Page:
I sit on a few boards and am constantly asked why a new software/hardware/infrastructure tool failed to turn a business problem around. One company is struggling with an Enterprise Service Bus (ESB), another is having trouble with a major hardware/cloud purchase, and yet another is foiled by a Big Data play.
I almost always find one of two problems. (I used a car analogy at a recent board meeting, so I’ll continue that here.)
We need to have lots of tools in our tool belt, but we must know which one to use. And that can be tricky. When I first joined the state as CTO, I killed a project creating a monolith environment that included an ESB, Identity Management and a whole host of other tools that – while they would have been nice to haves – weren’t required for the business problem. We saved millions and the new project delivered on time and budget. Plus, we didn’t stand up a huge software solution requiring maintenance for years that we didn’t know how to support.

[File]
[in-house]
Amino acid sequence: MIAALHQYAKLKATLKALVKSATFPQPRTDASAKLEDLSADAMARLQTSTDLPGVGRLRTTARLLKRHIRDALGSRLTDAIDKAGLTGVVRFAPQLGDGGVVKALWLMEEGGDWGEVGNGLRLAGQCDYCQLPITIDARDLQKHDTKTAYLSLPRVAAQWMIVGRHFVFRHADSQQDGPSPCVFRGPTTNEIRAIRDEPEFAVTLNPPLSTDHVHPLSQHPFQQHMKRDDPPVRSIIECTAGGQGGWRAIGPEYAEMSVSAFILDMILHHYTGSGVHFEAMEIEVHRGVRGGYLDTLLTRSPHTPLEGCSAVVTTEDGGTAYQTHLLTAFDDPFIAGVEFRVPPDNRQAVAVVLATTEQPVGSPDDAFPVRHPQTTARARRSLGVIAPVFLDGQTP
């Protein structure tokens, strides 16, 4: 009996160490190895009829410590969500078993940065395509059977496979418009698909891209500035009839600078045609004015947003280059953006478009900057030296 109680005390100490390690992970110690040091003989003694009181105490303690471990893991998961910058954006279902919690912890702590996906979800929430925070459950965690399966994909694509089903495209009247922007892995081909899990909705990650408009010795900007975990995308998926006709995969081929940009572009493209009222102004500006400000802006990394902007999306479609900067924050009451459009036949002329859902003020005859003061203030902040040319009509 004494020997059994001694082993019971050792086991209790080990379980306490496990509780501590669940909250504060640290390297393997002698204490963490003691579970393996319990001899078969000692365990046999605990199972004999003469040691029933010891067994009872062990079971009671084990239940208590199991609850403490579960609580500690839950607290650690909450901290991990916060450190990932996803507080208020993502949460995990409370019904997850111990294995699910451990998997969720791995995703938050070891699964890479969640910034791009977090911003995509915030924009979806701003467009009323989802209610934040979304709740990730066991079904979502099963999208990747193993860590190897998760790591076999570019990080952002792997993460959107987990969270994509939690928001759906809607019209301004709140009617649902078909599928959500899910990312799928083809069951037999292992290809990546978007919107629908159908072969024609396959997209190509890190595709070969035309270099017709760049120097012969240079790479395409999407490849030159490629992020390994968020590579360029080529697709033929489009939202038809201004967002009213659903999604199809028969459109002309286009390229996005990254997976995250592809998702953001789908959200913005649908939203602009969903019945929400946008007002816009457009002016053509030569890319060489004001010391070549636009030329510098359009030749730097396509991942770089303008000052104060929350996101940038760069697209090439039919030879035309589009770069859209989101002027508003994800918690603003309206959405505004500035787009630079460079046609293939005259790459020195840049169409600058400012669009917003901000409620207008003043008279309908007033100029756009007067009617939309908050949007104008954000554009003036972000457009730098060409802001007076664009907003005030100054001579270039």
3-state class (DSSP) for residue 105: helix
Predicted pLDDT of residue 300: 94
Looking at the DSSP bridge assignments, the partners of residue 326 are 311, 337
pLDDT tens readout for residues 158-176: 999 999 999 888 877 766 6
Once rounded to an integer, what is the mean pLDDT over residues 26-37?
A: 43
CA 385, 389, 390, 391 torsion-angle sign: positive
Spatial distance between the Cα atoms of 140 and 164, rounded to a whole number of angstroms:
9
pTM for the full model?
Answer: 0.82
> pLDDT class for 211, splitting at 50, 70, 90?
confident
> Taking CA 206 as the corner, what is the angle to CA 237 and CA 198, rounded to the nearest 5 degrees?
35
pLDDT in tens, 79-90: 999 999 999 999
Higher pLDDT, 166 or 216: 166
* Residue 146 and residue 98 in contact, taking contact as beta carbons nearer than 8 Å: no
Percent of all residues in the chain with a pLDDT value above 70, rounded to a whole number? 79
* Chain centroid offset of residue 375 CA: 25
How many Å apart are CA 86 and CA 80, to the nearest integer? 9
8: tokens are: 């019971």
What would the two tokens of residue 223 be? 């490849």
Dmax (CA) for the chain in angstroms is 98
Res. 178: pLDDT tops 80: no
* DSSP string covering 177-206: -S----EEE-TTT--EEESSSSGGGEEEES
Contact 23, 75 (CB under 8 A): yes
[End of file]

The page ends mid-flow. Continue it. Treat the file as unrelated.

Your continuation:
Before you add a new technology into your environment, you should perform an assessment around it.
Of course this isn’t a comprehensive list, but you get the idea. Ensure you are buying the right part and have the right skills to maintain it. If you need a hammer, buy a great hammer. But, if you need a screwdriver, that hammer is going to look awfully rusty in a few years.